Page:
Saint Patrick’s Day

Today is Saint Patrick’s Day throughout the Western world, a day to venerate and celebrate the life, death, and Christian service of Saint Patrick (the day coincides with the supposed date of St. Patrick’s death).  Of course, now the holiday has devolved into a drunken festivity in which everyone pretends to be Irish for a day, downing pints of green beer and wearing green.

The real story of Saint Patrick is far more interesting than the debauched modern celebration.  Patrick was the son of a wealthy family in what is now Britain in the declining years of the Roman Empire.  Irish raiders captured Patrick and sold him into slavery in the Emerald Isle.  Working alone as a shepherd, isolated and afraid, Patrick turned to Christ for solace and strength.

After escaping captivity, God called him back to Ireland, not as a slave, but to deliver Ireland from its spiritual bondage.  After his ordination, Patrick returned and preached the Gospel to the pagan Irish, sparking a major religious revival among the people there.  Ultimately, Ireland became second perhaps only to France in its dedication to the Catholic Church, and unlike its Gallic co-religionists, maintained that devotion well into the twentieth century.

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Walkin’

Yesterday morning, longtime Nebraska Energy Observer contributor Audre Myers shared a charming post, “Walking …“—a reflection of the late 1960s and Woodstock.  Regular commenter Scoop posted an achingly nostalgic response that sums up the significance of Woodstock to that cohort of early Boomers—it was the last incandescent burst of rock ‘n’ roll’s triumph before petering out in the 1970s (which, I would argue, is when hard rock got good).

The tug of nostalgia is a strong one.  I’m only thirty-five, and I already feel it from time to time.  Indeed, I’ve always been a sucker for nostalgia, which a psychologist might argue is one of the reasons I studied history.  Perhaps.  I also just enjoy learning trivia.

Regardless, Audre’s post caught my attention because I have been contemplating the literal, physical act of walking lately (although I often take metaphorical strolls down memory lane, too).  I’ve put on a bit of weight in The Age of The Virus, so I’ve taken up walking as a way to complement a regimen of calorie counting (which is more of a loose, back-of-the-envelope calorie guesstimate each day).

I’m trying to get in around two miles of focused walking a day, mostly around Lamar.  Although work commitments don’t always make that possible, I do find that simply going about my work results in around two miles of walking in aggregate.  I’m curious to see what my step totals will be once the school year resumes, and I’m dashing about between classes, pacing the rows of students, and striding across the boards as I teach.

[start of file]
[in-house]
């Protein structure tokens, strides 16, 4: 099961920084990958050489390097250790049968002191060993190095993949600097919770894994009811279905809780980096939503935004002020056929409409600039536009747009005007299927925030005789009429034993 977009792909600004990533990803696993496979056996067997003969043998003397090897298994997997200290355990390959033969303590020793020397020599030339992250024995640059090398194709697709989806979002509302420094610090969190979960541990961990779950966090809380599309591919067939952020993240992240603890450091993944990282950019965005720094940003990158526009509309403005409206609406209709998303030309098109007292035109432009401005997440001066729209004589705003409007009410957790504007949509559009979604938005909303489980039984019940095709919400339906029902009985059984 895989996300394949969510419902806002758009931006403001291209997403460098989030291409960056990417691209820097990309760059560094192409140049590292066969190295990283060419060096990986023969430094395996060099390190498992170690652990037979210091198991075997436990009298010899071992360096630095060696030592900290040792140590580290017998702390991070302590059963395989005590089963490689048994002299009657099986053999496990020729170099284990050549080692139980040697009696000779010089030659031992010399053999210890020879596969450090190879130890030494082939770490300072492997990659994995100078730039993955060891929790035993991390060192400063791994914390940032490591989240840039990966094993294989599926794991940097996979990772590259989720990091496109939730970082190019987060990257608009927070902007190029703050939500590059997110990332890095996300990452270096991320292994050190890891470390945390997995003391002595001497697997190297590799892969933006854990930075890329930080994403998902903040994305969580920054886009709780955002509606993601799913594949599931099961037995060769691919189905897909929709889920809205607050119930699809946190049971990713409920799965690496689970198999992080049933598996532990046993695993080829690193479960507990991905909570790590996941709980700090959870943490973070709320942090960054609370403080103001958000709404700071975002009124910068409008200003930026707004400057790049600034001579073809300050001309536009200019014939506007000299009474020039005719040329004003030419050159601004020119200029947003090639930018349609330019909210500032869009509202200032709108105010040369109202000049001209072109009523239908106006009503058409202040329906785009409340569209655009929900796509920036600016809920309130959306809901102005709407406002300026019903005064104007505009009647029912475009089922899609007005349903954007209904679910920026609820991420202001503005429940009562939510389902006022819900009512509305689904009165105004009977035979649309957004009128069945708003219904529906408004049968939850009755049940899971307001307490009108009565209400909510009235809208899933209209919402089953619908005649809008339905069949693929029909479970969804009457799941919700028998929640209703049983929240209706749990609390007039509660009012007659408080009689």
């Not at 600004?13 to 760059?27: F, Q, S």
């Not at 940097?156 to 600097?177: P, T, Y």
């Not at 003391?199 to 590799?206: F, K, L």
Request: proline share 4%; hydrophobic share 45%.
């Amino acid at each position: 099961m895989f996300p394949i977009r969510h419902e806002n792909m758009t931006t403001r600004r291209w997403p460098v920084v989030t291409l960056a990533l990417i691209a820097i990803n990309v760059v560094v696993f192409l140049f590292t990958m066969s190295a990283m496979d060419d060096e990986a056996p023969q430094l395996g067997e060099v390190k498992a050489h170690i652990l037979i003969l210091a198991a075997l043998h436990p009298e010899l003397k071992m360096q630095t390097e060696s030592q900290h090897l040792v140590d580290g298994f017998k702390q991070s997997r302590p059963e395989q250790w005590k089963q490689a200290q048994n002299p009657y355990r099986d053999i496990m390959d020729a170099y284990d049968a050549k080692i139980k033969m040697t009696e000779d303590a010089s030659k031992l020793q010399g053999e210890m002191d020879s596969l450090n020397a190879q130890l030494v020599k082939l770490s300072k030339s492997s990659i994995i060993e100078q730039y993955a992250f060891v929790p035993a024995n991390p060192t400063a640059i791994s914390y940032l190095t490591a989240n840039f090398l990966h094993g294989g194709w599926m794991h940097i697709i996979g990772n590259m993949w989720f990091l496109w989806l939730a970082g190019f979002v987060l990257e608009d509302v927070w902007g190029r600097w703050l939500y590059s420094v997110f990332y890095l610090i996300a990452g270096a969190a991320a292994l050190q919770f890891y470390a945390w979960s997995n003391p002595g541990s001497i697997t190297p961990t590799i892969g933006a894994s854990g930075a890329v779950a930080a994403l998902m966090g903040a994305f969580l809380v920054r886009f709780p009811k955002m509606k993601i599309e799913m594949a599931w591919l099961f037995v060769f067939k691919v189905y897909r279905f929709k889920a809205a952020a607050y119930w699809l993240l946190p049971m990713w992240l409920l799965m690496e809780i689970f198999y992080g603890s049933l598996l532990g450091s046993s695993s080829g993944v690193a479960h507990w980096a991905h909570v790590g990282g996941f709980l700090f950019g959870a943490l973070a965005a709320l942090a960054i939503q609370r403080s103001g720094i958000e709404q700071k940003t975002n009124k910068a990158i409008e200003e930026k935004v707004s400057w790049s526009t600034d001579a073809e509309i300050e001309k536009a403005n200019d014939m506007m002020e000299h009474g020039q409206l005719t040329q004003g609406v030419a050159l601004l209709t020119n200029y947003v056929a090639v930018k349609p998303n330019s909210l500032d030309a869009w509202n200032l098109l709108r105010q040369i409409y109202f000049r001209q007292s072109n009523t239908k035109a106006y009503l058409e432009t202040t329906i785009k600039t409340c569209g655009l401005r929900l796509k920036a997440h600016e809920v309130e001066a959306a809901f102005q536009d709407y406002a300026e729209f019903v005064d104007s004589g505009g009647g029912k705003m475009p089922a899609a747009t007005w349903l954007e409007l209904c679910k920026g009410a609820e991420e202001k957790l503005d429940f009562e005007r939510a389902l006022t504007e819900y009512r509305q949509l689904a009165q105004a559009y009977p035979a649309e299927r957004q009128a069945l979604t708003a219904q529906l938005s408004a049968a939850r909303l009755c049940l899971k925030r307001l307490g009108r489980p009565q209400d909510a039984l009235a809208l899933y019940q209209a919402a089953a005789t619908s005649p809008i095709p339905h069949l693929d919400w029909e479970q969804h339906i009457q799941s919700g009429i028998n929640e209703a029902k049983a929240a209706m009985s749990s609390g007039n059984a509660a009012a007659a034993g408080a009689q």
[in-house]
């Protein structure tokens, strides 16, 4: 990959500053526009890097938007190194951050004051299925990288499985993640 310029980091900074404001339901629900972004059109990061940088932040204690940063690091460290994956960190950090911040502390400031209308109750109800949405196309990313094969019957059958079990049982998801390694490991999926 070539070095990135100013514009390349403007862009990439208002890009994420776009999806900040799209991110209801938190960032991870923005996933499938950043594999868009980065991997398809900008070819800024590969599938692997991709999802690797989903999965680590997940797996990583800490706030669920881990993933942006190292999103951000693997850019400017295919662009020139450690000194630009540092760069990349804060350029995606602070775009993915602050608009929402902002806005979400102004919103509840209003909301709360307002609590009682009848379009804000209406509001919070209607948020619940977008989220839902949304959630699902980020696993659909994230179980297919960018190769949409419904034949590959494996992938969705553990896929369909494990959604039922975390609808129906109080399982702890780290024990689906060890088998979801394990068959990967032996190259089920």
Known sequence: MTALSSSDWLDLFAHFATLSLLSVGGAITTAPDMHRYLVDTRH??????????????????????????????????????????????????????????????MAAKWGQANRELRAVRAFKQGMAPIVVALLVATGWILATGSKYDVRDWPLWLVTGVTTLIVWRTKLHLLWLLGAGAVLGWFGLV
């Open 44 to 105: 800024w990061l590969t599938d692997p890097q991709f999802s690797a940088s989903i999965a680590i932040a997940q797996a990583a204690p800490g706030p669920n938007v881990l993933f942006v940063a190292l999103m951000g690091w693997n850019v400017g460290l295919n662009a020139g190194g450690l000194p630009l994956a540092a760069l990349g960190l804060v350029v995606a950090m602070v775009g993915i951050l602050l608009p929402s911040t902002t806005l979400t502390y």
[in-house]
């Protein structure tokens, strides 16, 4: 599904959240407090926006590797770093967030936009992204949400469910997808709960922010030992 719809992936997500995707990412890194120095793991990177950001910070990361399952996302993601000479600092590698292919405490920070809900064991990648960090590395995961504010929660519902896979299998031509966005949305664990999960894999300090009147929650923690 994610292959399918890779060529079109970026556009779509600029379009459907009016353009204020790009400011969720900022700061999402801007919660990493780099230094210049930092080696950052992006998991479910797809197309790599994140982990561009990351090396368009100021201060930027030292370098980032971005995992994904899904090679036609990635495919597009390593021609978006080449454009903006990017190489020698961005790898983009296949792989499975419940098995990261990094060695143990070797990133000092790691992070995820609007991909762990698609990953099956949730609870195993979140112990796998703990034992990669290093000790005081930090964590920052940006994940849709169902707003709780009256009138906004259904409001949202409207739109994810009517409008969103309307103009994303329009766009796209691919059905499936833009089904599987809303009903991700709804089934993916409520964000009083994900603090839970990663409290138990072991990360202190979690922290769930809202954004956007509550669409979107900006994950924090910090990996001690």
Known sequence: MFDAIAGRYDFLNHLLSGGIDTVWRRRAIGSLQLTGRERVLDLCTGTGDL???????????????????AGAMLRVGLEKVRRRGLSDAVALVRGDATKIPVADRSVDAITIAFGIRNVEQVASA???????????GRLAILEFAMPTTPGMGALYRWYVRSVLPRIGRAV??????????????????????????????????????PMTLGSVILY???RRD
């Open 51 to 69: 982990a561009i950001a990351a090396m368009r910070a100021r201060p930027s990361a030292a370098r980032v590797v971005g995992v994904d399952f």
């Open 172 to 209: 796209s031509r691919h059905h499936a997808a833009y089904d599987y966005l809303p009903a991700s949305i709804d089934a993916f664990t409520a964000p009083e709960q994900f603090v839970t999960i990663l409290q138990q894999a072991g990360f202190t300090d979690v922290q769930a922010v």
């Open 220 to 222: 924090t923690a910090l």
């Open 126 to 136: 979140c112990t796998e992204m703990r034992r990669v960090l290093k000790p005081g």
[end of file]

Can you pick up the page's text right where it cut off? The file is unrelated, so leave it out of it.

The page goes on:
I’m not a runner, by any means.  My older brother loves to run, and has the physique to show for it.  More power to him, but I know myself well enough to know it’s not something I want to do.  Runners swear oaths to running’s efficacy and delights, but gasping for breath in 100-degree weather with maximum humidity doesn’t appeal to me.  Walking at a brisk clip in that weather, though, is at least bearable—once I’ve embraced the stickiness and the sweat, I can go for a couple of miles easily, and sometimes three or four.

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The Spectator Turns 10,000

The British libertarian magazine The Spectator reached its 10,000th issue.  It is the only magazine ever to reach this milestone.  It began life as a newspaper in July 1828, becoming a magazine “more than 100 years” later, although it was apparently always a weekly.

Throughout its history, The Spectator took radical positions for the times.  They supported the expansion of the franchise in Britain in 1832, and supported the Union in the American Civil War at a time when many Britons were concerned about the impact of cotton shortages on the British textile industry than they were about slavery (correctly or not, The Spectator cast the American Civil War in moral terms).

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Independence Day

The day has finally come—after three-and-a-half years, Great Britain is finally leaving the European Union.  The British people are regaining their sovereignty and will begin their way back to enjoying their traditional English liberties.

The European Union is an overweaning, elitist, supranational tyranny.  It is a progressive dream, which is why the Leftists are melting down over Brexit, and attempted to thwart it for so many years.  Progressives today—just like progressives in the early twentieth century—are gaga for technocratic rule and elitist dominance.

It’s not about “democracy”; if it was, they would have accepted the outcome of the 2016 referendum.  Democracy only matters to progressives when it advances their ends.  That’s why progressives hold elections and referendums—repeatedly, if necessary—until they get the outcomes they want—and then the matter is settled forever.  If that doesn’t work, courts or the bureaucracy will effectively veto the voters’ “incorrect” choices.

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Lazy Sunday XLII: 2019’s Top Five Posts

2019 is winding down, and with this being the last Sunday of the year, it seemed like the perfect opportunity to look back at the most popular posts of 2019.